Photojournalist James Oatway visited Dr George Mukhari Academic Hospital north of Pretoria to document the second-wave realities faced by doctors and nurses in an intensive care unit.
Driven by a new, more infectious Covid-19 variant, the second wave of South Africa’s coronavirus pandemic has brought considerably more infections than the first. This means health workers have to deal with more hospital admissions and deaths (although the variant is not more deadly, the number of infections is higher) – and pressure. DM/MC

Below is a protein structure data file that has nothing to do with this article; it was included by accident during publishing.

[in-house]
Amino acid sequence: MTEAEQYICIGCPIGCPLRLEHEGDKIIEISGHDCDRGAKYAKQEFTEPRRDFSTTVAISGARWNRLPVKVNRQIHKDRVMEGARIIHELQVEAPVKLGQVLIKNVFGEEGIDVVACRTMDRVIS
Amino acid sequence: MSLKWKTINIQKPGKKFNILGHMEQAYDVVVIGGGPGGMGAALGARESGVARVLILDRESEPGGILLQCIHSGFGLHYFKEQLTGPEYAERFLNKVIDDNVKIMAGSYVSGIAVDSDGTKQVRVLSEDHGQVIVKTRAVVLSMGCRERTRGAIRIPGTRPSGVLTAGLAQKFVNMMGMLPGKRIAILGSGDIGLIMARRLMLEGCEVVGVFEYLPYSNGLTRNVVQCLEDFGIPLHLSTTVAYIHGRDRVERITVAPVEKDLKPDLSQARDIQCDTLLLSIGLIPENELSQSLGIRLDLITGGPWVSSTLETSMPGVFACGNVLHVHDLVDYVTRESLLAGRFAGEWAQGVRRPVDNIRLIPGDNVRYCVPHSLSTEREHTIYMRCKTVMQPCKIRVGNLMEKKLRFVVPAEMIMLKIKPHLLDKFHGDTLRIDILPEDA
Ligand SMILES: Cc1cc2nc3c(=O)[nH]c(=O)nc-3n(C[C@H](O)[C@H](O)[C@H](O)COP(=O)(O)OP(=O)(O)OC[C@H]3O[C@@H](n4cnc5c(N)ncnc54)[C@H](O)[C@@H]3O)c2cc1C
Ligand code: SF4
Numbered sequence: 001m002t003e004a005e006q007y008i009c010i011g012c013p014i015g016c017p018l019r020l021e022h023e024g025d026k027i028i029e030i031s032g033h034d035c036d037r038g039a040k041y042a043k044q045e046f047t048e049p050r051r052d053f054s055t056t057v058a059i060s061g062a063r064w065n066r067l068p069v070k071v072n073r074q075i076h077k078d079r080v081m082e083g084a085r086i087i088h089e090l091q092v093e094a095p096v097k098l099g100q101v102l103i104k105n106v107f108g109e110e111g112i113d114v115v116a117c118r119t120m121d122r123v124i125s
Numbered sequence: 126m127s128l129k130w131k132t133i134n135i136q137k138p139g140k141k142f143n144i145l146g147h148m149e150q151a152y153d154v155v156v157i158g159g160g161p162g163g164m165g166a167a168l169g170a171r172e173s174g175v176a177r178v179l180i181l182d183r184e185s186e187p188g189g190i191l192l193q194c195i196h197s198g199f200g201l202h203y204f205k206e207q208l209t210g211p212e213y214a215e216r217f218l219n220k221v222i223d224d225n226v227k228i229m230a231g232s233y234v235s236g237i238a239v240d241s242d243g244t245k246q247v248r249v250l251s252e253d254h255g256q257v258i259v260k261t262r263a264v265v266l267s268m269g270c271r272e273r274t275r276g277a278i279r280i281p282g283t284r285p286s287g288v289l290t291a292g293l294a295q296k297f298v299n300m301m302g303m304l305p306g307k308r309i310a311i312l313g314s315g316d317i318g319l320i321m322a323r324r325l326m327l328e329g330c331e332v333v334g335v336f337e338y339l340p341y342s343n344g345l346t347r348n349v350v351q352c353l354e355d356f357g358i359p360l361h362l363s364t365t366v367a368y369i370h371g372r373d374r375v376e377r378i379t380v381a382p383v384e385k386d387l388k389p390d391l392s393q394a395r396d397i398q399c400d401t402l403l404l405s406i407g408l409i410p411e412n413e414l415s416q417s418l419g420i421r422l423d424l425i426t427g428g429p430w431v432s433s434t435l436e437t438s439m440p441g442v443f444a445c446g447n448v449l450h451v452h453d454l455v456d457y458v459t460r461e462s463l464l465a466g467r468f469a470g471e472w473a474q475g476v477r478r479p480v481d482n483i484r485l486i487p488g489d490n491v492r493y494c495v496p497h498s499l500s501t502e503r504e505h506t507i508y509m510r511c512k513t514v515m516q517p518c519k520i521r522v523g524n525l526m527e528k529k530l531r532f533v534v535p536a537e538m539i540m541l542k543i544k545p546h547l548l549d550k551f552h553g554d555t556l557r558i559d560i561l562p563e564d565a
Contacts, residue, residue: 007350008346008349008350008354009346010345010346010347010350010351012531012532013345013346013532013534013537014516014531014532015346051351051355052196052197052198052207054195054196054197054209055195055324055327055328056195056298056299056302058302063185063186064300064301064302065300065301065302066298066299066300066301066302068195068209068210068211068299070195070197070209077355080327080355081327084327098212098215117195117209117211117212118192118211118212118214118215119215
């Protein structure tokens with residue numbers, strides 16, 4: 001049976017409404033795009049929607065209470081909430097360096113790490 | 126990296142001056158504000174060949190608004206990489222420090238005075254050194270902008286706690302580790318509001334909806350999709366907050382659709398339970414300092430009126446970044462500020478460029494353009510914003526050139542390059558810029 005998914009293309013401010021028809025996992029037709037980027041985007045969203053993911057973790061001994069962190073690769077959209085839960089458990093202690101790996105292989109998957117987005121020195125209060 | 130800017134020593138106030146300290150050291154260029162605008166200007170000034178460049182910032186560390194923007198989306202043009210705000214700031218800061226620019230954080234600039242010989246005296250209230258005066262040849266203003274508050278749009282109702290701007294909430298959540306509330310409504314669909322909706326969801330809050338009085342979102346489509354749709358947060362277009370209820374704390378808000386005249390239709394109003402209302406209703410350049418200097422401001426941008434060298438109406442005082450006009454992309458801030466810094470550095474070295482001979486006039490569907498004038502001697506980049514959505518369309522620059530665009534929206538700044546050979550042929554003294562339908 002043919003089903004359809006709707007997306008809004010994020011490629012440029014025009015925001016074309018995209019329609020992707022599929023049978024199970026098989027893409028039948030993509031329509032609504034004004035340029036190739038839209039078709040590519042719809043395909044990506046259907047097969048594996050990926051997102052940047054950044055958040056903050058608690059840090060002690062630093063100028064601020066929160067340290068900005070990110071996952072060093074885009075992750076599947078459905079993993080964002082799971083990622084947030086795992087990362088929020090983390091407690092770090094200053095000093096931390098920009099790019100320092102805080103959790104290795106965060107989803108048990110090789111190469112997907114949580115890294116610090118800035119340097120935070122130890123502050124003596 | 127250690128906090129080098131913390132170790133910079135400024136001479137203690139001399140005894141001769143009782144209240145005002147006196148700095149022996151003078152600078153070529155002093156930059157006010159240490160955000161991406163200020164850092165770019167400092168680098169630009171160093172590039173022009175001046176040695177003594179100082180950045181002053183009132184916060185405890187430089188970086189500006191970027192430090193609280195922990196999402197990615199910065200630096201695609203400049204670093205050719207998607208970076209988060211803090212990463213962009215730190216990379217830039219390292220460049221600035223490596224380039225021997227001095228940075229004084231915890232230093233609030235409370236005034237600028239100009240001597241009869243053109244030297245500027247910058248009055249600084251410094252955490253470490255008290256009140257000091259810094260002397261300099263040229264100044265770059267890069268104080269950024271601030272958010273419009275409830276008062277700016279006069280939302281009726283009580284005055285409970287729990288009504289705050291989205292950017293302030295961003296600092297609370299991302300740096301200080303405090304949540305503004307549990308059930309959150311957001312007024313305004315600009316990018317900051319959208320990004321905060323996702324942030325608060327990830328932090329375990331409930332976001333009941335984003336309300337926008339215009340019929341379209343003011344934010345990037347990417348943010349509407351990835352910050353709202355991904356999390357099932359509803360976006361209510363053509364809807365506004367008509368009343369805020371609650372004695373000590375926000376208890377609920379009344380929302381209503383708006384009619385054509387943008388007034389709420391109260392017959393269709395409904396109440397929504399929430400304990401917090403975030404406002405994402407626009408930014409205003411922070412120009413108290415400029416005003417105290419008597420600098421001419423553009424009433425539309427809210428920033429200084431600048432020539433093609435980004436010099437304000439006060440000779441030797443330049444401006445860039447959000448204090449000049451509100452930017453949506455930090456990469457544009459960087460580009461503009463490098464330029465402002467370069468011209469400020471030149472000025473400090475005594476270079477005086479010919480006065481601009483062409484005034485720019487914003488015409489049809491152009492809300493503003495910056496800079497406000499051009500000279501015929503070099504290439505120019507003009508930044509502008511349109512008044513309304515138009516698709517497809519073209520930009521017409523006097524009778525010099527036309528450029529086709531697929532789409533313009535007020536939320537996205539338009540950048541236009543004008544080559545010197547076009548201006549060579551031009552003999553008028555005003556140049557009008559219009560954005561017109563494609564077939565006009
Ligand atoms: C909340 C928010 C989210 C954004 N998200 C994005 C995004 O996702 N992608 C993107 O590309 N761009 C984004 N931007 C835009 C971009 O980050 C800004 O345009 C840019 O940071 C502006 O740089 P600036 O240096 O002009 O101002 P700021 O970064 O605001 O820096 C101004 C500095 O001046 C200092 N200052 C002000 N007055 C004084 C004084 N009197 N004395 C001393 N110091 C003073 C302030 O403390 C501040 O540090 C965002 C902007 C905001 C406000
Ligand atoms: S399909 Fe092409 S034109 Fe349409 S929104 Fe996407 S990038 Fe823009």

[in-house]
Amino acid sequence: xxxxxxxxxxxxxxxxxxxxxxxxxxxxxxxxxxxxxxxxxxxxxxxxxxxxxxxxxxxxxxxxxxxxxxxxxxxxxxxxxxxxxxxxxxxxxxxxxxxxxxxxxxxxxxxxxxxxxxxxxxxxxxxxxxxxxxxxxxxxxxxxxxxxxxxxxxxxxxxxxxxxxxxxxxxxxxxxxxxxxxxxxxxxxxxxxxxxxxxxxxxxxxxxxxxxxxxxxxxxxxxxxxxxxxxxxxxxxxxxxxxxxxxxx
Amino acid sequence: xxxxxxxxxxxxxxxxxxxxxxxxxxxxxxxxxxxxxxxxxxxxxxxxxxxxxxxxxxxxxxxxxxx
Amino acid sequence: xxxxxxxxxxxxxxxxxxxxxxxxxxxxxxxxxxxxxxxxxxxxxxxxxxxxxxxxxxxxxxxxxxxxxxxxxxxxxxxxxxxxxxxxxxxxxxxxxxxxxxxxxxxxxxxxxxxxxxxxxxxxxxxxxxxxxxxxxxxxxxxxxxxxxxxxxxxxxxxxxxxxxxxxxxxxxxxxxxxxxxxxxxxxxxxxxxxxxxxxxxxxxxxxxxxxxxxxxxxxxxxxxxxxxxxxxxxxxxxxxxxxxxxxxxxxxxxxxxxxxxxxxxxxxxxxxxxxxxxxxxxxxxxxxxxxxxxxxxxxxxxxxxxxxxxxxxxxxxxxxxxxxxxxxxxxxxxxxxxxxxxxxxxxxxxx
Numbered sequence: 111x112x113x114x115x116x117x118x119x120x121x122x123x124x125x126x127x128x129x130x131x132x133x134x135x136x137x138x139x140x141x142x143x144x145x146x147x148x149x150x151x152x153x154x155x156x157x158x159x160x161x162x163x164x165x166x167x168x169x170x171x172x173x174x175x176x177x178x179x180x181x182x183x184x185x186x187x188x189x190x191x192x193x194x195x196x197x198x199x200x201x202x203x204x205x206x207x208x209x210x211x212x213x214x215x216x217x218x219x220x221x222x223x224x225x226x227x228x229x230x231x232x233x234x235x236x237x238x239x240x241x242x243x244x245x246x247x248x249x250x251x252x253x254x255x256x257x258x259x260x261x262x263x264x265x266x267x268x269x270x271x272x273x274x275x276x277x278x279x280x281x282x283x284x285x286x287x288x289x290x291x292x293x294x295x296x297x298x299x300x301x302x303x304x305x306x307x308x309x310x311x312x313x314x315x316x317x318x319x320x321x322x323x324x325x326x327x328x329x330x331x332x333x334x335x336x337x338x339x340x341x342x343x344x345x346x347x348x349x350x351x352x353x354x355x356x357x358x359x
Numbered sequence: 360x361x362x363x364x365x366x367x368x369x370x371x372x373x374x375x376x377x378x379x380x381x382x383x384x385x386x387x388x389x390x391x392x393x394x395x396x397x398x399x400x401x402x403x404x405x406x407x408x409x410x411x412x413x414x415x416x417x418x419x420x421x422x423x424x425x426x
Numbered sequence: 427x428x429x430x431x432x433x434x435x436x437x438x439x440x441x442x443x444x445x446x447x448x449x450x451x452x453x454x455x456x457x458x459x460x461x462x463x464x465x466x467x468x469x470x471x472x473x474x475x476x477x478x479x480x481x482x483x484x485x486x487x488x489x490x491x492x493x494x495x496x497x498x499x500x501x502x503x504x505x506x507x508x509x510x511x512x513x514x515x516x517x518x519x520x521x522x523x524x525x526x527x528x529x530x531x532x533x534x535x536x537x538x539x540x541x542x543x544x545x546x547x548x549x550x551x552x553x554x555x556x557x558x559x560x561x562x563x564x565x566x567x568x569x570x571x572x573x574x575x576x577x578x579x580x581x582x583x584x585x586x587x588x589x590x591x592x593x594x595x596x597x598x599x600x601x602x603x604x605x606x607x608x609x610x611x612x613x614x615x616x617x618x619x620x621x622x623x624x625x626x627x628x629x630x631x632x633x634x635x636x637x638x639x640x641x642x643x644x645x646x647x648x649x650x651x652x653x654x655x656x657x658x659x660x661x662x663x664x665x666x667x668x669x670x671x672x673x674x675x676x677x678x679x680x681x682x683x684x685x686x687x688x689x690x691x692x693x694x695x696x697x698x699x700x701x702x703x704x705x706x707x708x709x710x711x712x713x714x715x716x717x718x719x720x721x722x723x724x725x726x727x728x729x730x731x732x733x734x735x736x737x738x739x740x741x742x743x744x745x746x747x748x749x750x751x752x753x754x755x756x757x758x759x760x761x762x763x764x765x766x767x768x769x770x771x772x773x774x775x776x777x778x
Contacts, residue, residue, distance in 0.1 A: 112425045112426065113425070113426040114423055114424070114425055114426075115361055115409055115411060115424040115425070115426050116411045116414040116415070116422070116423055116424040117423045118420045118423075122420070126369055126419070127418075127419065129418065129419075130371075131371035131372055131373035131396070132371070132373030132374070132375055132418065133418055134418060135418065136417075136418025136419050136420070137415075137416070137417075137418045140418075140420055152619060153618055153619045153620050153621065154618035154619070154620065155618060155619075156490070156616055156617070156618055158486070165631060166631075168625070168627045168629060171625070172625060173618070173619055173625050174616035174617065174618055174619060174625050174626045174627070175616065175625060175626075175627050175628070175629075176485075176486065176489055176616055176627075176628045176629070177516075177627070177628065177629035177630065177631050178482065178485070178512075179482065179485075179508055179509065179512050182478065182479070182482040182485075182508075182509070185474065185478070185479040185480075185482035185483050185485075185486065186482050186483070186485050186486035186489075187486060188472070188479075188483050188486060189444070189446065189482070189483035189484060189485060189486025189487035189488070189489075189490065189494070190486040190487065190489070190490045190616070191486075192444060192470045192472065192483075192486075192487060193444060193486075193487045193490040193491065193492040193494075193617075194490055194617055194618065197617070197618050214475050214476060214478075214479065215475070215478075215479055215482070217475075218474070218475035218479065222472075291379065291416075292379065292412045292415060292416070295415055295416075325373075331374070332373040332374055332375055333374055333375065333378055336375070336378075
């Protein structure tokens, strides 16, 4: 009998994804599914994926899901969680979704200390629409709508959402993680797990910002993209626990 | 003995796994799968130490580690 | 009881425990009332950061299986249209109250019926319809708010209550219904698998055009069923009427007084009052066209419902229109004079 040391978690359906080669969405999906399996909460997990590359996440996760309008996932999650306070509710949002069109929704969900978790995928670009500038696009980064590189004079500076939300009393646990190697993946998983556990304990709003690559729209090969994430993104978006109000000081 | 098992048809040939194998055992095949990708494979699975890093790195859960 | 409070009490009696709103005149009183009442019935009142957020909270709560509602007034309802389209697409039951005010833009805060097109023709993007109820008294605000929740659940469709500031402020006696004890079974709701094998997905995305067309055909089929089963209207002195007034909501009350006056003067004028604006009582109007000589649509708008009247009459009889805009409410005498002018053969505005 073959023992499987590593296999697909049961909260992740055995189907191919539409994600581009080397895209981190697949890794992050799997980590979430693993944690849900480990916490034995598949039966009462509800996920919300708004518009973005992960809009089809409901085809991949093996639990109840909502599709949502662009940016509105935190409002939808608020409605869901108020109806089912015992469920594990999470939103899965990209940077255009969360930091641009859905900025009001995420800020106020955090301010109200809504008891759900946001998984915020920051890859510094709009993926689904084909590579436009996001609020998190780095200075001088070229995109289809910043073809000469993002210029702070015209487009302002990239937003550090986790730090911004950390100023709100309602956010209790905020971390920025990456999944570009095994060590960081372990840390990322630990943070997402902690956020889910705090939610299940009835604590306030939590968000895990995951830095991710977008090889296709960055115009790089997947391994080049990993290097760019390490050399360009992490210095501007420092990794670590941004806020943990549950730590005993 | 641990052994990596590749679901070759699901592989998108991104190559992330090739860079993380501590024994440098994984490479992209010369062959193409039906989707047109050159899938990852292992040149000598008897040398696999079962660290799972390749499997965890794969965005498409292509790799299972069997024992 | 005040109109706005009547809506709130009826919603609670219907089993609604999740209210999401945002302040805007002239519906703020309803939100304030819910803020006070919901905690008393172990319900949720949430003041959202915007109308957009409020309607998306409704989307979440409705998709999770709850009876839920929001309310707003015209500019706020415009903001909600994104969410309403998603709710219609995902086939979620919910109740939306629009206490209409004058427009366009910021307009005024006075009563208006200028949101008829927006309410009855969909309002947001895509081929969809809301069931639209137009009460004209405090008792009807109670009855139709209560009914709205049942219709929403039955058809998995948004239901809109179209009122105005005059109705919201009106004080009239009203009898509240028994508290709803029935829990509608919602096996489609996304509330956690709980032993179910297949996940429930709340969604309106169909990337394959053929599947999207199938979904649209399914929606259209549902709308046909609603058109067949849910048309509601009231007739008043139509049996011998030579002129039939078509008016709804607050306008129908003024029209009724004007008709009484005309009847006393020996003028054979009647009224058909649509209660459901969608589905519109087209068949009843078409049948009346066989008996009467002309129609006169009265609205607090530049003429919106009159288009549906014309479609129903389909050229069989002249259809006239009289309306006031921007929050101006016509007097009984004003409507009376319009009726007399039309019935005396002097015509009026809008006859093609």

Covid-19 treatment at George Mukhari Academic Hospital in Ga-Rankuwa, north of Tshwane, South Africa, 15 January 2021. Patients who have just arrived at the hospital are on oxygen in the Accident and Emergency ward. The ward is hot and poorly ventilated. Patients’ faces have been blurred using post-production editing to protect their identities. (Photo: James Oatway) Staff nurse Lenah Lefifi at George Mukhari Academic Hospital in Ga-Rankuwa. (Photo: James Oatway) A nurse hands out meals to her patients in one of the dedicated Covid-19 wards. (Photo: James Oatway) Mpho Kunene is the operational manager of the dedicated Covid-19 wards. (Photo: James Oatway) Eunice Moleshoane has been a cleaner at the hospital for five years. She contracted Covid-19 at work…